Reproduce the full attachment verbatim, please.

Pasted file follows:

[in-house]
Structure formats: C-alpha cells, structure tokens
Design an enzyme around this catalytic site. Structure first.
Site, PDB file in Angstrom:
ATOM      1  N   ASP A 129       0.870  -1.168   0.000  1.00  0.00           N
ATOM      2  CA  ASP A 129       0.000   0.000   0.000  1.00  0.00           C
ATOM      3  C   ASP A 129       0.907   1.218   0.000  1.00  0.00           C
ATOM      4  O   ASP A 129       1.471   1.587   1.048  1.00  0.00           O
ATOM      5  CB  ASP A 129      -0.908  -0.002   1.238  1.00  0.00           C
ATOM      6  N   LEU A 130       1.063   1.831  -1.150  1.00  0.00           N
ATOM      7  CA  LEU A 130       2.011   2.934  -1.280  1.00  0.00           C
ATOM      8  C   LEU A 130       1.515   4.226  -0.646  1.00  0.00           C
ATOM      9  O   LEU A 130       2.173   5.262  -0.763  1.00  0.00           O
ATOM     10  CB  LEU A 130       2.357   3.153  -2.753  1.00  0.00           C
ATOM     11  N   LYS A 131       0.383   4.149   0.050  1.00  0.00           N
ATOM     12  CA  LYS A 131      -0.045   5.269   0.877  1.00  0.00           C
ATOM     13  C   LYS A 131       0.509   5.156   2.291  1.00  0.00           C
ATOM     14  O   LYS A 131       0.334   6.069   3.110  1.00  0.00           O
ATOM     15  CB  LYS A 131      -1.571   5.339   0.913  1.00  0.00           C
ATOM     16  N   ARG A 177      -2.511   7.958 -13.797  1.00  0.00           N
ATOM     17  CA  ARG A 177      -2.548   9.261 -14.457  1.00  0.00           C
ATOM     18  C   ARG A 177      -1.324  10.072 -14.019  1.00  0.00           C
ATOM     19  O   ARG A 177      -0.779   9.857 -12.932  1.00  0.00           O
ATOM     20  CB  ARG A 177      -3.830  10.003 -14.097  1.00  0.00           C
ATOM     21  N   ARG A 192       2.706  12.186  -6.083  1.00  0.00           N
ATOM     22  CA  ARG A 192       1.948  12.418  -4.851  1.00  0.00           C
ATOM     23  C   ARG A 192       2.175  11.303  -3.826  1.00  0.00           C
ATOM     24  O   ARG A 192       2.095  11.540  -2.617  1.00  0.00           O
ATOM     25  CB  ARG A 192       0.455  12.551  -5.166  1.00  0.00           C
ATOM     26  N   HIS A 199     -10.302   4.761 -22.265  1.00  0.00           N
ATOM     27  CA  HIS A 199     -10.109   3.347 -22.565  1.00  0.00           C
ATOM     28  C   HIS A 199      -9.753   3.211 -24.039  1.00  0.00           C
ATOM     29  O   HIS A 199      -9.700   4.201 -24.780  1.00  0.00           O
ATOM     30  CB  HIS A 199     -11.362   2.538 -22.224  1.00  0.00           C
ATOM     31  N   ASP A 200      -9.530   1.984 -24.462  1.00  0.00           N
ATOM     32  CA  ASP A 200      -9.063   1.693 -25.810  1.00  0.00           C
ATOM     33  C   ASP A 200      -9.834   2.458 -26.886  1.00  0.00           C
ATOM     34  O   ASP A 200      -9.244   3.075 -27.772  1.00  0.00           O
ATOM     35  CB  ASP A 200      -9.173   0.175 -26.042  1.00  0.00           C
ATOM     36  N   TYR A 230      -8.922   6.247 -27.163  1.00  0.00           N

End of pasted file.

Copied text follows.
[in-house]
Structure formats: C-alpha cells, structure tokens
Design an enzyme around this catalytic site. Structure first.
Site, PDB file in Angstrom:
ATOM      1  N   ASP A 129       0.870  -1.168   0.000  1.00  0.00           N
ATOM      2  CA  ASP A 129       0.000   0.000   0.000  1.00  0.00           C
ATOM      3  C   ASP A 129       0.907   1.218   0.000  1.00  0.00           C
ATOM      4  O   ASP A 129       1.471   1.587   1.048  1.00  0.00           O
ATOM      5  CB  ASP A 129      -0.908  -0.002   1.238  1.00  0.00           C
ATOM      6  N   LEU A 130       1.063   1.831  -1.150  1.00  0.00           N
ATOM      7  CA  LEU A 130       2.011   2.934  -1.280  1.00  0.00           C
ATOM      8  C   LEU A 130       1.515   4.226  -0.646  1.00  0.00           C
ATOM      9  O   LEU A 130       2.173   5.262  -0.763  1.00  0.00           O
ATOM     10  CB  LEU A 130       2.357   3.153  -2.753  1.00  0.00           C
ATOM     11  N   LYS A 131       0.383   4.149   0.050  1.00  0.00           N
ATOM     12  CA  LYS A 131      -0.045   5.269   0.877  1.00  0.00           C
ATOM     13  C   LYS A 131       0.509   5.156   2.291  1.00  0.00           C
ATOM     14  O   LYS A 131       0.334   6.069   3.110  1.00  0.00           O
ATOM     15  CB  LYS A 131      -1.571   5.339   0.913  1.00  0.00           C
ATOM     16  N   ARG A 177      -2.511   7.958 -13.797  1.00  0.00           N
ATOM     17  CA  ARG A 177      -2.548   9.261 -14.457  1.00  0.00           C
ATOM     18  C   ARG A 177      -1.324  10.072 -14.019  1.00  0.00           C
ATOM     19  O   ARG A 177      -0.779   9.857 -12.932  1.00  0.00           O
ATOM     20  CB  ARG A 177      -3.830  10.003 -14.097  1.00  0.00           C
ATOM     21  N   ARG A 192       2.706  12.186  -6.083  1.00  0.00           N
ATOM     22  CA  ARG A 192       1.948  12.418  -4.851  1.00  0.00           C
ATOM     23  C   ARG A 192       2.175  11.303  -3.826  1.00  0.00           C
ATOM     24  O   ARG A 192       2.095  11.540  -2.617  1.00  0.00           O
ATOM     25  CB  ARG A 192       0.455  12.551  -5.166  1.00  0.00           C
ATOM     26  N   HIS A 199     -10.302   4.761 -22.265  1.00  0.00           N
ATOM     27  CA  HIS A 199     -10.109   3.347 -22.565  1.00  0.00           C
ATOM     28  C   HIS A 199      -9.753   3.211 -24.039  1.00  0.00           C
ATOM     29  O   HIS A 199      -9.700   4.201 -24.780  1.00  0.00           O
ATOM     30  CB  HIS A 199     -11.362   2.538 -22.224  1.00  0.00           C
ATOM     31  N   ASP A 200      -9.530   1.984 -24.462  1.00  0.00           N
ATOM     32  CA  ASP A 200      -9.063   1.693 -25.810  1.00  0.00           C
ATOM     33  C   ASP A 200      -9.834   2.458 -26.886  1.00  0.00           C
ATOM     34  O   ASP A 200      -9.244   3.075 -27.772  1.00  0.00           O
ATOM     35  CB  ASP A 200      -9.173   0.175 -26.042  1.00  0.00           C
ATOM     36  N   TYR A 230      -8.922   6.247 -27.163  1.00  0.00           N